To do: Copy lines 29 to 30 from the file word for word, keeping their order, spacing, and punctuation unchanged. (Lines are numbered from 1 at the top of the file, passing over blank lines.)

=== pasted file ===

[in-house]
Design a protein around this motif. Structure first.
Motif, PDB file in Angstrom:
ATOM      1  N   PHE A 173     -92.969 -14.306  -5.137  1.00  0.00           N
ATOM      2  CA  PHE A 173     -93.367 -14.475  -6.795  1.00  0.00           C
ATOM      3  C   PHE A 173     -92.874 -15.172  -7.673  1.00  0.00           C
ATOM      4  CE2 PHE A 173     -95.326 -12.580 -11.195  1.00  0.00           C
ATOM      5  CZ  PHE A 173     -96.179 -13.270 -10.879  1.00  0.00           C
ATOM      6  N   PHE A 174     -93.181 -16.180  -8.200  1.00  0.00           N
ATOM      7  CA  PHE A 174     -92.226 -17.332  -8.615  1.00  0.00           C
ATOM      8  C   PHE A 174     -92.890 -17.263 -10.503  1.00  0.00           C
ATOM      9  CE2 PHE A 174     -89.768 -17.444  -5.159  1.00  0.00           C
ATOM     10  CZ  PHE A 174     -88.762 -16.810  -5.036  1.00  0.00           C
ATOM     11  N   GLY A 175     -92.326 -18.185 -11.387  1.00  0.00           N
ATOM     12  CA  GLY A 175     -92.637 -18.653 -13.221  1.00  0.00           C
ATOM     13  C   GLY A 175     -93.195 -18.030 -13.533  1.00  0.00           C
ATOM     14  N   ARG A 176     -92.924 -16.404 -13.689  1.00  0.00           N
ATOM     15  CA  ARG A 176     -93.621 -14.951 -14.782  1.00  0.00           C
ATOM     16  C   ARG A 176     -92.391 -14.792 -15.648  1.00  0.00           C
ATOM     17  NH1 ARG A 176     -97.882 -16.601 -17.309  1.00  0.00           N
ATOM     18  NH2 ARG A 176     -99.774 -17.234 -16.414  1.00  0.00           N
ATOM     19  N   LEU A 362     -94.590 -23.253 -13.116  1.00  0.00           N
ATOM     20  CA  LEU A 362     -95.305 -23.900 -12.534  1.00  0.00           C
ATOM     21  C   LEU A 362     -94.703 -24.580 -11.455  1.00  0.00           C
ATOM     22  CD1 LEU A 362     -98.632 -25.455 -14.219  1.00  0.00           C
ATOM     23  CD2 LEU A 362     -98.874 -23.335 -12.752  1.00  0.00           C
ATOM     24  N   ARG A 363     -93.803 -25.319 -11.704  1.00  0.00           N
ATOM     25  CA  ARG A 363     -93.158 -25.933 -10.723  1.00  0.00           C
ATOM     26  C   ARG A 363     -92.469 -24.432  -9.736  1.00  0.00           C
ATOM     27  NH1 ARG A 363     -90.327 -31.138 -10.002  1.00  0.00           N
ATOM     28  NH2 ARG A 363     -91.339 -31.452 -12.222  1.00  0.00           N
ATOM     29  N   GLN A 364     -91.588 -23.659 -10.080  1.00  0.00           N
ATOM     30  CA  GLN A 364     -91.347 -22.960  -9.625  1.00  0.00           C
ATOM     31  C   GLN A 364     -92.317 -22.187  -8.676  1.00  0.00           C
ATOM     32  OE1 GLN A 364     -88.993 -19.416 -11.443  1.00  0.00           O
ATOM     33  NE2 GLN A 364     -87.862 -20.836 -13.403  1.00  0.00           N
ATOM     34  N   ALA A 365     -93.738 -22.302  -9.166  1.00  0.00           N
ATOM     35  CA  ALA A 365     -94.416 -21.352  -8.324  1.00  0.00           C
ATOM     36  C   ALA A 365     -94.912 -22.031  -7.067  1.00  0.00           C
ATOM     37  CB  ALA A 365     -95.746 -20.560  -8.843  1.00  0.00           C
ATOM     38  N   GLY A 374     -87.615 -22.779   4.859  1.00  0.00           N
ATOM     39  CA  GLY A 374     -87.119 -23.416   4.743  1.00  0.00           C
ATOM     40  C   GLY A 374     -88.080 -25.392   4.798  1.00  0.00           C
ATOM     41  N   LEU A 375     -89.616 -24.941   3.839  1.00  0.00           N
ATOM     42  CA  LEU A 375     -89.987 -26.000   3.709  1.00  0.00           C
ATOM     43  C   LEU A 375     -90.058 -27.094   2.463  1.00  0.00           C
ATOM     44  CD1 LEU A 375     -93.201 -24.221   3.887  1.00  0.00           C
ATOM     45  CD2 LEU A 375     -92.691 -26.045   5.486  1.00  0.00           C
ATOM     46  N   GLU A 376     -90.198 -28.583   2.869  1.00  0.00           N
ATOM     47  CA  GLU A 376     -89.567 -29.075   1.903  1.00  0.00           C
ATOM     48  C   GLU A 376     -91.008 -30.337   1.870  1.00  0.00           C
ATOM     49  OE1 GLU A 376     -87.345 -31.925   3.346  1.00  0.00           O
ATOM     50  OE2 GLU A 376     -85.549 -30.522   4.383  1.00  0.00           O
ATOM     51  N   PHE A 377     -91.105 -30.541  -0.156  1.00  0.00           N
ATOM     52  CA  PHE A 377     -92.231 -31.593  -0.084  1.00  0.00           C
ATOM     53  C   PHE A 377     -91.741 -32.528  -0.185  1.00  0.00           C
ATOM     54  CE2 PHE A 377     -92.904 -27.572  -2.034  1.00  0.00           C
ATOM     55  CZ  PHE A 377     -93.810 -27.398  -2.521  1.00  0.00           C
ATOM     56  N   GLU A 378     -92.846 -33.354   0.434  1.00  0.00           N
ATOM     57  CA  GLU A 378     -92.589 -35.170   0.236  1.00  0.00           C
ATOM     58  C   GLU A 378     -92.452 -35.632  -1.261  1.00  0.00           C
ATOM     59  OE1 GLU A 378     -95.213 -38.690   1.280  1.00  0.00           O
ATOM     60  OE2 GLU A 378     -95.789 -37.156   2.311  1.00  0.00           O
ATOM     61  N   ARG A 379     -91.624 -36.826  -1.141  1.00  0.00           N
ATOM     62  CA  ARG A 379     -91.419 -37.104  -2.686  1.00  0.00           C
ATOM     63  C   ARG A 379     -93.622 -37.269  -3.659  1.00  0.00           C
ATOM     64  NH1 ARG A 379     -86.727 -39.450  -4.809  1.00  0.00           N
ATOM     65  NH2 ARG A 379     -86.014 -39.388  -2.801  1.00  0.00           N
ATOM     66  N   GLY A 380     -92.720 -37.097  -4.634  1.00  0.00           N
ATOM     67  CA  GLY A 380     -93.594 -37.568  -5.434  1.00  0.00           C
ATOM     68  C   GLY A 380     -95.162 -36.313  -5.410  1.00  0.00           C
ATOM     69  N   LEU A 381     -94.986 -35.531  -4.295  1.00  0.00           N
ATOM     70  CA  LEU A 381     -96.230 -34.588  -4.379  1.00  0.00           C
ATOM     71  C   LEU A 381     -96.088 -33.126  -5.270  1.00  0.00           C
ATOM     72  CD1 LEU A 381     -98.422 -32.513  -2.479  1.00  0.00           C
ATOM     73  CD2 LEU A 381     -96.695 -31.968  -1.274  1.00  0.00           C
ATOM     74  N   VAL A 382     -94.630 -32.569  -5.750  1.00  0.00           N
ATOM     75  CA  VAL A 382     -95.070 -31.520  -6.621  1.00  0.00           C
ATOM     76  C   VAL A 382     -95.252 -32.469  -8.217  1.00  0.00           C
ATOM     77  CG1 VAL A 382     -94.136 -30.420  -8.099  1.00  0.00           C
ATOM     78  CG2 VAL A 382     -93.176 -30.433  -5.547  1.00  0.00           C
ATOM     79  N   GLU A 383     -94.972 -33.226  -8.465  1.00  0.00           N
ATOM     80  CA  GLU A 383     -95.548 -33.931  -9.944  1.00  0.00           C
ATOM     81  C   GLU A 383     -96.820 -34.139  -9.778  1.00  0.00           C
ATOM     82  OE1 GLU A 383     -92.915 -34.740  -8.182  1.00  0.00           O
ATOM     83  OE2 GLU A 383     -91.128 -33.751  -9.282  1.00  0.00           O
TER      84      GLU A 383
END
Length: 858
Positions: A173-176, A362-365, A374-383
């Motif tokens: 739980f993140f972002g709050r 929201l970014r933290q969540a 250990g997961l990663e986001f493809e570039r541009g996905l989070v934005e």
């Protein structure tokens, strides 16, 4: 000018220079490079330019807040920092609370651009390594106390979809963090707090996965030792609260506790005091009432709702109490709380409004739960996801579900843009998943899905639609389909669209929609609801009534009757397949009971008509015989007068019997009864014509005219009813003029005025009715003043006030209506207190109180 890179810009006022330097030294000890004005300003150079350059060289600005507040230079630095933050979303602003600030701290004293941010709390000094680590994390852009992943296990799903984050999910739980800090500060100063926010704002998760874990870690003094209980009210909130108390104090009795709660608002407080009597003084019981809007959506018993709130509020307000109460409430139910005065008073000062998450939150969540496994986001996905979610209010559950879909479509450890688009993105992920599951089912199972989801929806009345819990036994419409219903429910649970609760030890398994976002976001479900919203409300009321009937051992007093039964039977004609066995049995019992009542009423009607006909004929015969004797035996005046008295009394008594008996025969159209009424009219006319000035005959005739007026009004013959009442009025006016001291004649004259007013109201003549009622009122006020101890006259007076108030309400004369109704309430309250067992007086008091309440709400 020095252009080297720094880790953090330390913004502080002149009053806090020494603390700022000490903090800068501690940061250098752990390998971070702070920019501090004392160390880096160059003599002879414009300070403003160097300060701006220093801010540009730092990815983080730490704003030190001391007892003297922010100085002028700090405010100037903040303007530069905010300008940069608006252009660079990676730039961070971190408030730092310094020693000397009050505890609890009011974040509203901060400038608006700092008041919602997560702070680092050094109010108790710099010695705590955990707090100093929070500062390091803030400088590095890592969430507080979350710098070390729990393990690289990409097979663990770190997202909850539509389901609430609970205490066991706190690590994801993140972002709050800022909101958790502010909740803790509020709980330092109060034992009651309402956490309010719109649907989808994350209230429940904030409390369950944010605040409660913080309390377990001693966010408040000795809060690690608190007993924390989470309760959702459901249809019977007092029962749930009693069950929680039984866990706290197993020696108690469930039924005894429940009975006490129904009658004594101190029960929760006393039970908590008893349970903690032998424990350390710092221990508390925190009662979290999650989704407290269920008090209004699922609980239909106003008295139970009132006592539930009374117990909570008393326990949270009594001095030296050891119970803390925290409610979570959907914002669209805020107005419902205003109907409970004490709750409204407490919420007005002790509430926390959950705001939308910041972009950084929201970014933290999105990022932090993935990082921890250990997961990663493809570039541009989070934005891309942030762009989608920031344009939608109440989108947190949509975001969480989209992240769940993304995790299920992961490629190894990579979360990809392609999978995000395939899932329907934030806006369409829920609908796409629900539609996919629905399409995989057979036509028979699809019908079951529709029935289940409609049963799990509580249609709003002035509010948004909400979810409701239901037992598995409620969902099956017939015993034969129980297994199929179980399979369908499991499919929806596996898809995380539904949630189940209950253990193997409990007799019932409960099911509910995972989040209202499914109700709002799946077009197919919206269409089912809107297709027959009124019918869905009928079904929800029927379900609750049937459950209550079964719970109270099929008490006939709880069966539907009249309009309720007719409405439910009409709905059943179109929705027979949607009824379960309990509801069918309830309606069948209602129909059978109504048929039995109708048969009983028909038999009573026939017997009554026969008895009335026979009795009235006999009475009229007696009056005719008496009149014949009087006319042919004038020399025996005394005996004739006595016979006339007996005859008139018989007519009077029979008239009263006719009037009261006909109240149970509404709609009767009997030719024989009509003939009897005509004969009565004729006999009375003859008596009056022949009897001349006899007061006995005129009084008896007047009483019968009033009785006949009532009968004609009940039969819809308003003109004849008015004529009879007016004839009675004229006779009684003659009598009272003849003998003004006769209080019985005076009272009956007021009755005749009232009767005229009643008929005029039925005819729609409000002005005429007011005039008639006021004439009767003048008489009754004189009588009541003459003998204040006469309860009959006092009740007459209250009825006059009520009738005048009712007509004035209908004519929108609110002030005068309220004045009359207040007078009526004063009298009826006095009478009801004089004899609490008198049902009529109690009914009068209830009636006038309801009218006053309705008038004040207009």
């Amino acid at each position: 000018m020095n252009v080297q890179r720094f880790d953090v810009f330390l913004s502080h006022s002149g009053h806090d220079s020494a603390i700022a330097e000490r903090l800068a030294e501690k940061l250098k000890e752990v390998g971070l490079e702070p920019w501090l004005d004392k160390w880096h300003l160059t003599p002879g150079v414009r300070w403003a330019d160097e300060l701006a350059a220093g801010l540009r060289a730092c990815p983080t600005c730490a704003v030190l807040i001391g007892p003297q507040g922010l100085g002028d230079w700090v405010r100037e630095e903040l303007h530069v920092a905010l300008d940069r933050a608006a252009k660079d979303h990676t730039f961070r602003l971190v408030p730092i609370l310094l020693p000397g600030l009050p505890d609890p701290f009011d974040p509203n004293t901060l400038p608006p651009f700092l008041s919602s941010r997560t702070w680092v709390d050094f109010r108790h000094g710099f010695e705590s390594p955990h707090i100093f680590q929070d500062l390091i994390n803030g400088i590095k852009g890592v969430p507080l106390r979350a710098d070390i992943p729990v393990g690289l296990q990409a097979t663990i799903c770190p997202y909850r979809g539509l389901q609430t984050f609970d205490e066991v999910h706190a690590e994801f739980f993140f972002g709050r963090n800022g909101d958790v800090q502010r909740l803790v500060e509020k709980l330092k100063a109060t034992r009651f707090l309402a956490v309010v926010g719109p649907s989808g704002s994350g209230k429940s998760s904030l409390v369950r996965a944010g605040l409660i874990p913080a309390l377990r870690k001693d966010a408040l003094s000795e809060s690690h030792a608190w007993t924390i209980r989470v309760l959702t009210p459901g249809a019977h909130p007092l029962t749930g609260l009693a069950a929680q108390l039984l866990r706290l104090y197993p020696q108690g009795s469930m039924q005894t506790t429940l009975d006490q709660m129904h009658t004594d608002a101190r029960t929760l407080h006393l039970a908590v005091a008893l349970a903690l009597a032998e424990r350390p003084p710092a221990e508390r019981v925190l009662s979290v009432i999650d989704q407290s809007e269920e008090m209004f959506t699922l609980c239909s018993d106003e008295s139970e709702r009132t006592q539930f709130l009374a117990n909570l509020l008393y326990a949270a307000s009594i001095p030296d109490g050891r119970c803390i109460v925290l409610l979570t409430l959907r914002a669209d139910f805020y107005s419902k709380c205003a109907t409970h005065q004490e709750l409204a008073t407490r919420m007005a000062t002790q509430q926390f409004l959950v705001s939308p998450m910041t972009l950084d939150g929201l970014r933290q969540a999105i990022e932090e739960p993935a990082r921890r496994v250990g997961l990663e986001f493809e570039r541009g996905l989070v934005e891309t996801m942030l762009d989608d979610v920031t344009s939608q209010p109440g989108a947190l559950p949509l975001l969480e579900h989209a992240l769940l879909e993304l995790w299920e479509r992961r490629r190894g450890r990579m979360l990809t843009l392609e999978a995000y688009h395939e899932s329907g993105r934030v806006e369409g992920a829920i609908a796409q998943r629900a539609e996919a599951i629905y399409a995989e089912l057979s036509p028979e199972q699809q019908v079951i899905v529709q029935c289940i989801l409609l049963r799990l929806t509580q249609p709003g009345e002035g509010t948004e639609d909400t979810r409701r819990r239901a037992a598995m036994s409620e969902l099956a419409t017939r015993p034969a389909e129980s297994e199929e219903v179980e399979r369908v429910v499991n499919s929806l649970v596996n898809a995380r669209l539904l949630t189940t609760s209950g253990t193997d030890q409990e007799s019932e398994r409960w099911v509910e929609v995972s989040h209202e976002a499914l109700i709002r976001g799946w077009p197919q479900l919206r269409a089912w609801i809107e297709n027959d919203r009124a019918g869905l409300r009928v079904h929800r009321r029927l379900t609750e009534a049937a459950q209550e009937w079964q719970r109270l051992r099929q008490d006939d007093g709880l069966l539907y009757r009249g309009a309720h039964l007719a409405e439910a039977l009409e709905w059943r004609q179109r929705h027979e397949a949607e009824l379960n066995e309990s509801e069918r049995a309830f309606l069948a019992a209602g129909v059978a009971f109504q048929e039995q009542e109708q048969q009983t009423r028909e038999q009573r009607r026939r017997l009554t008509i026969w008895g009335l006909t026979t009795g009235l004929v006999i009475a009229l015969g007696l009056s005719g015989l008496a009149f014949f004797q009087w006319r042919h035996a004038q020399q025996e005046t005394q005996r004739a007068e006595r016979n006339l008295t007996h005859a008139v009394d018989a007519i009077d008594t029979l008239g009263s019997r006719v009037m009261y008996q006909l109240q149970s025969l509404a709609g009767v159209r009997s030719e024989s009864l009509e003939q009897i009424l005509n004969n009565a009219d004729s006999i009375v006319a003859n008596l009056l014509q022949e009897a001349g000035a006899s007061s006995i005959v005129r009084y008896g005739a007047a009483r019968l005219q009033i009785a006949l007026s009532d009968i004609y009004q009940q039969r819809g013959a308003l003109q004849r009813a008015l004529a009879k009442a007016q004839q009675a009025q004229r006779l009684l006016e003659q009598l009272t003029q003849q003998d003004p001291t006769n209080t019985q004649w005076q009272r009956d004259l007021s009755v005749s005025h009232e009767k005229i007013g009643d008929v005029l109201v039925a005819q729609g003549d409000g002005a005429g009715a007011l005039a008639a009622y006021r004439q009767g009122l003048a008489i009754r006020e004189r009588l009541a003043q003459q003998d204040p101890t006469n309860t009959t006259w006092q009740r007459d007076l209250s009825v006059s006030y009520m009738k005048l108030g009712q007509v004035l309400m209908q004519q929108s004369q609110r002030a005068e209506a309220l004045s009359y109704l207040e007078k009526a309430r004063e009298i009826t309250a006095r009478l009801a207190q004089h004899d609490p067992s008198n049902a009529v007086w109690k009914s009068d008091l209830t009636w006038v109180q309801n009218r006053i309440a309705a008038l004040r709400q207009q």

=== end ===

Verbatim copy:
ATOM     26  C   ARG A 363     -92.469 -24.432  -9.736  1.00  0.00           C
ATOM     27  NH1 ARG A 363     -90.327 -31.138 -10.002  1.00  0.00           N